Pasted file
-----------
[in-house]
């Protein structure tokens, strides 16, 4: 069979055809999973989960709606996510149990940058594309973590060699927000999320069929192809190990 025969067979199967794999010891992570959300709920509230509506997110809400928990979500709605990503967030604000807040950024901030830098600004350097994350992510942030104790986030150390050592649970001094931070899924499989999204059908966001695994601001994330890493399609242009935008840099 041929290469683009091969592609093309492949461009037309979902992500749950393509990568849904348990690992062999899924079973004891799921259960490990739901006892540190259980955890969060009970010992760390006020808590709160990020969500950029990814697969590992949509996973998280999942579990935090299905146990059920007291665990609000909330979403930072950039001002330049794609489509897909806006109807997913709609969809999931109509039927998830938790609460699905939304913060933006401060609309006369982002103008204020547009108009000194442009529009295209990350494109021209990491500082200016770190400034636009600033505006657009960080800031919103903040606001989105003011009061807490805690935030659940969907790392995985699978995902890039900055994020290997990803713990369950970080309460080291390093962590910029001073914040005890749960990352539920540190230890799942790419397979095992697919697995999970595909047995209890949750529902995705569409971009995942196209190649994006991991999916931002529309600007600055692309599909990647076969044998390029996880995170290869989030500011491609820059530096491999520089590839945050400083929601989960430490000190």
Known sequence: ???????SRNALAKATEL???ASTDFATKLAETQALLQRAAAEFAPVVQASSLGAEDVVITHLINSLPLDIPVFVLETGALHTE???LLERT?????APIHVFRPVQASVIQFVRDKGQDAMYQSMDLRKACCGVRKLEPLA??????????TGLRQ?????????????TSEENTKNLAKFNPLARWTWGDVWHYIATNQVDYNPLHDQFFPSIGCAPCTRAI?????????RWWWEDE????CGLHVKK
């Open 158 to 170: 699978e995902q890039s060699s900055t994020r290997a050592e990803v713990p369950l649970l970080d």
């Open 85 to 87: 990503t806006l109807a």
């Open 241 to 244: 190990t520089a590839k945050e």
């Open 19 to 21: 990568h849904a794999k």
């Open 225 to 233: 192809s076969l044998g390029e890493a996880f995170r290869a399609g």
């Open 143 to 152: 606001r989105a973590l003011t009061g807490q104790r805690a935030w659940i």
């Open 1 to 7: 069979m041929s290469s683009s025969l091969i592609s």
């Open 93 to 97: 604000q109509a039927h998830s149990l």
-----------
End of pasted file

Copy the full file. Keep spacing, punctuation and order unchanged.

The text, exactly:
[in-house]
């Protein structure tokens, strides 16, 4: 069979055809999973989960709606996510149990940058594309973590060699927000999320069929192809190990 025969067979199967794999010891992570959300709920509230509506997110809400928990979500709605990503967030604000807040950024901030830098600004350097994350992510942030104790986030150390050592649970001094931070899924499989999204059908966001695994601001994330890493399609242009935008840099 041929290469683009091969592609093309492949461009037309979902992500749950393509990568849904348990690992062999899924079973004891799921259960490990739901006892540190259980955890969060009970010992760390006020808590709160990020969500950029990814697969590992949509996973998280999942579990935090299905146990059920007291665990609000909330979403930072950039001002330049794609489509897909806006109807997913709609969809999931109509039927998830938790609460699905939304913060933006401060609309006369982002103008204020547009108009000194442009529009295209990350494109021209990491500082200016770190400034636009600033505006657009960080800031919103903040606001989105003011009061807490805690935030659940969907790392995985699978995902890039900055994020290997990803713990369950970080309460080291390093962590910029001073914040005890749960990352539920540190230890799942790419397979095992697919697995999970595909047995209890949750529902995705569409971009995942196209190649994006991991999916931002529309600007600055692309599909990647076969044998390029996880995170290869989030500011491609820059530096491999520089590839945050400083929601989960430490000190």
Known sequence: ???????SRNALAKATEL???ASTDFATKLAETQALLQRAAAEFAPVVQASSLGAEDVVITHLINSLPLDIPVFVLETGALHTE???LLERT?????APIHVFRPVQASVIQFVRDKGQDAMYQSMDLRKACCGVRKLEPLA??????????TGLRQ?????????????TSEENTKNLAKFNPLARWTWGDVWHYIATNQVDYNPLHDQFFPSIGCAPCTRAI?????????RWWWEDE????CGLHVKK
């Open 158 to 170: 699978e995902q890039s060699s900055t994020r290997a050592e990803v713990p369950l649970l970080d």
């Open 85 to 87: 990503t806006l109807a």
């Open 241 to 244: 190990t520089a590839k945050e």
């Open 19 to 21: 990568h849904a794999k």
């Open 225 to 233: 192809s076969l044998g390029e890493a996880f995170r290869a399609g």
């Open 143 to 152: 606001r989105a973590l003011t009061g807490q104790r805690a935030w659940i």
């Open 1 to 7: 069979m041929s290469s683009s025969l091969i592609s």
């Open 93 to 97: 604000q109509a039927h998830s149990l």